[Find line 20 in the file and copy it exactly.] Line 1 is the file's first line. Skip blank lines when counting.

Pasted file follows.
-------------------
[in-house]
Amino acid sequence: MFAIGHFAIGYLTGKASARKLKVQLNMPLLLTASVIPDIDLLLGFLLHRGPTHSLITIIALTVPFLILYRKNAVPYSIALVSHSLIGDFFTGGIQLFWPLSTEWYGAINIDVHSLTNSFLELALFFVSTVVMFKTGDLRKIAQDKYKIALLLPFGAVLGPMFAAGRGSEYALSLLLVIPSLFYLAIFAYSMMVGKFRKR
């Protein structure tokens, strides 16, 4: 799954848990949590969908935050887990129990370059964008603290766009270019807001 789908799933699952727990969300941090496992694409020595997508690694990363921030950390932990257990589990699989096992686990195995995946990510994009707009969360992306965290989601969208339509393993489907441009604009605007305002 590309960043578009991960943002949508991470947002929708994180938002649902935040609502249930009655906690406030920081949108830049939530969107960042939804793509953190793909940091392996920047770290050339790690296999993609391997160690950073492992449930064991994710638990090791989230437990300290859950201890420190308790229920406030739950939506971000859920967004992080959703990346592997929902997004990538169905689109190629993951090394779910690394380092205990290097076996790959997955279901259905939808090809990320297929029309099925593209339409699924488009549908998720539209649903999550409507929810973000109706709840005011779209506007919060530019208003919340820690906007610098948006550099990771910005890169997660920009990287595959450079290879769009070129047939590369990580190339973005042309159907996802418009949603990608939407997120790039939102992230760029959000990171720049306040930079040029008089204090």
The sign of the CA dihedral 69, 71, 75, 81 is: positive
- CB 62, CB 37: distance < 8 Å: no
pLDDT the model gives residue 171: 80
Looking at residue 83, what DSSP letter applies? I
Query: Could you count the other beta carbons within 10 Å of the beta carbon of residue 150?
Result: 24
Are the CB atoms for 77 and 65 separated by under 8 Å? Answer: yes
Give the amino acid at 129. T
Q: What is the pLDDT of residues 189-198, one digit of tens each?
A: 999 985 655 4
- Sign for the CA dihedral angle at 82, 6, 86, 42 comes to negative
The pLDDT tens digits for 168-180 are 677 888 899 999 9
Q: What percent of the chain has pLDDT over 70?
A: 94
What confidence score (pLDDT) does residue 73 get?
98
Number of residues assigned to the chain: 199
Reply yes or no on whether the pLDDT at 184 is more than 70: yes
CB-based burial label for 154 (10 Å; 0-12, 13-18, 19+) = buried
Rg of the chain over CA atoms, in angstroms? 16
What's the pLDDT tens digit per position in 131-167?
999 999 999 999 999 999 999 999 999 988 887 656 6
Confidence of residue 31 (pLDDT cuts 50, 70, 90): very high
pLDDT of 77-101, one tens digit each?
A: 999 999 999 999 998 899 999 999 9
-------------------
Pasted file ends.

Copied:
Number of residues assigned to the chain: 199